1) Go for a long wool coat, one that goes to your knees. You would be surprised how chilled your legs can get. 2) It is very important to keep your feet dry. Invest in some tall rainboots that you can tuck your pant legs into. Pick out a pair that have some grip on the soles. Buy some quality wool socks. Wool is a top pick for survivalists for a reason; wool will continue to insulate even if wet. 3) Buy several scarves and layer them around your neck like this; put one on before you put the coat on, and then one or two after you put the coat on. This will insulate the back of your neck, and prevent a driving wind from getting snow down the back of your coat. 4) Get a hat that is thick enough to block the wind, and is large enough to pull down over your ears. 5) Buy some insulated mittens. "Driving gloves" look nice, but won't keep your hands very warm. If this is going to be a really cold climate, I recommend buying a pair of gloves that you can wear INSIDE the mittens.
posted by LilithSilver at 11:55 AM on July 19, 2015 [1 favorite]

LilithSilver: "Go for a long wool coat, one that goes to your knees. You would be surprised how chilled your legs can get."

Your ass and thighs must be covered. THOSE ARE BIG WARM MUSCLES, DO NOT ALLOW THE EVIL WIND GODS TO STEAL YOUR BIG WARM MUSCLE HEAT. Makes a difference, for real. A lighter wool overcoat that goes to your knees will keep you warmer than a high-tech waist-length parka intended for Antarctic temperatures for a walk of that length.

A lot of suit-wearing professional men in the snowy midwest have grey/black overcoats but wear a bright cashmere scarf in robin's egg blue or cardinal red or whatever. It helps to have something cheery during the long, drab, grey winter. When you go to the department store and the men's section has a rainbow of screamingly bright scarves, that's on purpose. Pick a cheery one! (If you look at pictures of the official guests behind Obama at his second inauguration, the senators and representatives and so on, you can see lots and lots of men in dark wool overcoats and bright scarves -- dove grey, electric blue, cardinal red, robin's egg blue. Which apparently I have mentioned before!)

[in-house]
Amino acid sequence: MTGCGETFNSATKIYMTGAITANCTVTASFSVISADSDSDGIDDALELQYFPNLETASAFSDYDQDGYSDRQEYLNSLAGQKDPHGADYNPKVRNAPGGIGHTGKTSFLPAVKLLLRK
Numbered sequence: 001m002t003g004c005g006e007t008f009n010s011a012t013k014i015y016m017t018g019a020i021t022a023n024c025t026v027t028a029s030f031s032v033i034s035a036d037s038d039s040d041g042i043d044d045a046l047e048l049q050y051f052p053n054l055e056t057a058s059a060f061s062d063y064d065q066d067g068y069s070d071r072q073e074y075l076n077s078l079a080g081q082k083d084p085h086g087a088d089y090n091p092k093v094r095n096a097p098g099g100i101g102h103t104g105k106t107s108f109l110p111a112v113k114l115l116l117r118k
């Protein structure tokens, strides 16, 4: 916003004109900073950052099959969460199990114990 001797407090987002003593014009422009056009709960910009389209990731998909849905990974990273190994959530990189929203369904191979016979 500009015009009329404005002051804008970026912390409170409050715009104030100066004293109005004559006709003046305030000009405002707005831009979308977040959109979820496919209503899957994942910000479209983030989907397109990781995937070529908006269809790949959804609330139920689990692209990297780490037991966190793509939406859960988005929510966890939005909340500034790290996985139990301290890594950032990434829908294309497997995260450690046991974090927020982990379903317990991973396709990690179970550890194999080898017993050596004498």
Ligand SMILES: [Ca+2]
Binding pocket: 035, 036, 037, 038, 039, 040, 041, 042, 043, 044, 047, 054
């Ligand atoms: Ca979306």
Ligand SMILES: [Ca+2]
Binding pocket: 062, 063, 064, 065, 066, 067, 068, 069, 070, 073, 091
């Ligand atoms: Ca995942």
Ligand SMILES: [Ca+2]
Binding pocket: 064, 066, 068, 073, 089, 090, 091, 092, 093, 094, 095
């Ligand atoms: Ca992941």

posted by Eyebrows McGee at 12:43 PM on July 19, 2015 [2 favorites]

Let your dress shoes, suit trousers and jackets live in the company coat room or closet -- there will be one in any office that has East Coast four-season weather. Wear your dress shirts and ties over jeans boots and under a nice big parka. Change pants and shoes when you get to work. Do this in the summer too when it will be 95 degrees and humid (substitute sneakers for boots, and ditch the parka!)
posted by MattD at 1:06 PM on July 19, 2015

Big coat, scarf, gloves, hat that covers the ears - if really cold, balaclava. Most of all, waterproof boots that you can tuck your pants into. Leave an extra pair of shoes, pants and socks (lots of socks!) at your office, for those really crappy slushy days when everything gets wet.
posted by Toddles at 3:51 PM on July 19, 2015

I leave a full set of work shoes at work (brown and black oxfords) and then change shoes when I get to the office in all seasons. Usually a long overcoat does fine for the pants, but I do keep a spare suit at the office just in case (and it comes in handy if I've gone casual but have a surprise client meeting).
posted by craven_morhead at 4:03 PM on July 19, 2015

Check your route to indoor places you can cut through like hotels, large office building lobbies, and department stores. In Toronto and Montreal we have an entire underground system specifically so people can travel between buildings without going outside. Perhaps the city you are moving to has something similair?
posted by saucysault at 7:54 PM on July 19, 2015